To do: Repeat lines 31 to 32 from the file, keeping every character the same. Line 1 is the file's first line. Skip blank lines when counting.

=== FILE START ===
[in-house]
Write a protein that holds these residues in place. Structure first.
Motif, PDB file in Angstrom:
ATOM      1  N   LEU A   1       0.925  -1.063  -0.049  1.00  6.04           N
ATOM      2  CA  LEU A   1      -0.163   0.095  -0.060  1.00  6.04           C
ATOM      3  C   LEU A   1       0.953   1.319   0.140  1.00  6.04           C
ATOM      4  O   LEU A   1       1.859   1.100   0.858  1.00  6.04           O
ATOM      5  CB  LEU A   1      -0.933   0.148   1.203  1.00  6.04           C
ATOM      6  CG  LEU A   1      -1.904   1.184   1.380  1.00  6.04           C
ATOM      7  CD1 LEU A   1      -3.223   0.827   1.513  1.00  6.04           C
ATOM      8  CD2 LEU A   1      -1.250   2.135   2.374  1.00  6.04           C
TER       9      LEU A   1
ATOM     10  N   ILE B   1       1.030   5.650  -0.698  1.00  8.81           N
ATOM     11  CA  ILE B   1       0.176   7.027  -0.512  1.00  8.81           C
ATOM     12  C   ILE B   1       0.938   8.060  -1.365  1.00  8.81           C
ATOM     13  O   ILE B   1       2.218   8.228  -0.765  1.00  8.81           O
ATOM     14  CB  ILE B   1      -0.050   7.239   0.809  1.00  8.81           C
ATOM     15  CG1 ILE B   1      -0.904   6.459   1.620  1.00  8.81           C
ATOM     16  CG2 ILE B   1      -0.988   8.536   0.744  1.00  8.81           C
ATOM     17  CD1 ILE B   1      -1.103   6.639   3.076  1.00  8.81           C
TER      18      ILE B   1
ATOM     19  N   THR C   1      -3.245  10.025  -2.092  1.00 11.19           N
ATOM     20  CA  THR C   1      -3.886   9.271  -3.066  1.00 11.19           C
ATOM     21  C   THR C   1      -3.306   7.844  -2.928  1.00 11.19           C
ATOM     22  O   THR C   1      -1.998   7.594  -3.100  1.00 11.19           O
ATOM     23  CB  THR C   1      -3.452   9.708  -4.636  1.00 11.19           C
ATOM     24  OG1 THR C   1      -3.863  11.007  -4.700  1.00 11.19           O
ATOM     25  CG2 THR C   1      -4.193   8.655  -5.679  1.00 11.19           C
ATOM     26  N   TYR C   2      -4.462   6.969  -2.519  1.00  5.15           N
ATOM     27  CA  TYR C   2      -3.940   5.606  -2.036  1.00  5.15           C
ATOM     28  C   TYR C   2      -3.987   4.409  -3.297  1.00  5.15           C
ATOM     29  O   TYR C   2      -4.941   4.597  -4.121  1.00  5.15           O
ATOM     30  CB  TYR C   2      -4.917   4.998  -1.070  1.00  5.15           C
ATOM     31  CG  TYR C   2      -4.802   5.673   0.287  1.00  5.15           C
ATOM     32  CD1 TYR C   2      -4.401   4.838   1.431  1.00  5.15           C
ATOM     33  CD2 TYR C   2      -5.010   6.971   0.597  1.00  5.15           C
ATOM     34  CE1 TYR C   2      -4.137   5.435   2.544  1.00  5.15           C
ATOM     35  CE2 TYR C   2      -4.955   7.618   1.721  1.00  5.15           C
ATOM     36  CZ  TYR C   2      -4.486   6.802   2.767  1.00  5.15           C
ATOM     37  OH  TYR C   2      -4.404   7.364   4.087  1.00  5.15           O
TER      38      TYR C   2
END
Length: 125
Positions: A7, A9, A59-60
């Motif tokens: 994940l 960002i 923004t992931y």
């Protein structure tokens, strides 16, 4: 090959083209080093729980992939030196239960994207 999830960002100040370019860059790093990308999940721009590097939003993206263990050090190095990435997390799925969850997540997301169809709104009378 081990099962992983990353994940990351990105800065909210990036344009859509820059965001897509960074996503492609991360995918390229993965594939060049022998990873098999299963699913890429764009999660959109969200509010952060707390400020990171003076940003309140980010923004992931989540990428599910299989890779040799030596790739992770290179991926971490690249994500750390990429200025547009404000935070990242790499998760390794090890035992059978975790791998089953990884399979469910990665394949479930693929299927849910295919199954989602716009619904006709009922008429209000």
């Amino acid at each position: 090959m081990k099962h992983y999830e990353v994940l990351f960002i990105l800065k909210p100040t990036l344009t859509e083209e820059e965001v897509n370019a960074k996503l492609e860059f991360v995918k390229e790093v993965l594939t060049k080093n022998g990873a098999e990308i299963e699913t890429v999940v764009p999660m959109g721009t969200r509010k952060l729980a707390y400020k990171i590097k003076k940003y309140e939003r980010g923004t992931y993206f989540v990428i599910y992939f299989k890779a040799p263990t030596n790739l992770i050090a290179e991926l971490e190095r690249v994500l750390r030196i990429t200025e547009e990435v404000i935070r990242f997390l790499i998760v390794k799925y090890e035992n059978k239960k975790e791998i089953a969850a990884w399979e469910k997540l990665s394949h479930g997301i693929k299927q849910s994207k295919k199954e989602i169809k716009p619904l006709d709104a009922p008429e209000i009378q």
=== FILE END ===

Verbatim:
ATOM     28  C   TYR C   2      -3.987   4.409  -3.297  1.00  5.15           C
ATOM     29  O   TYR C   2      -4.941   4.597  -4.121  1.00  5.15           O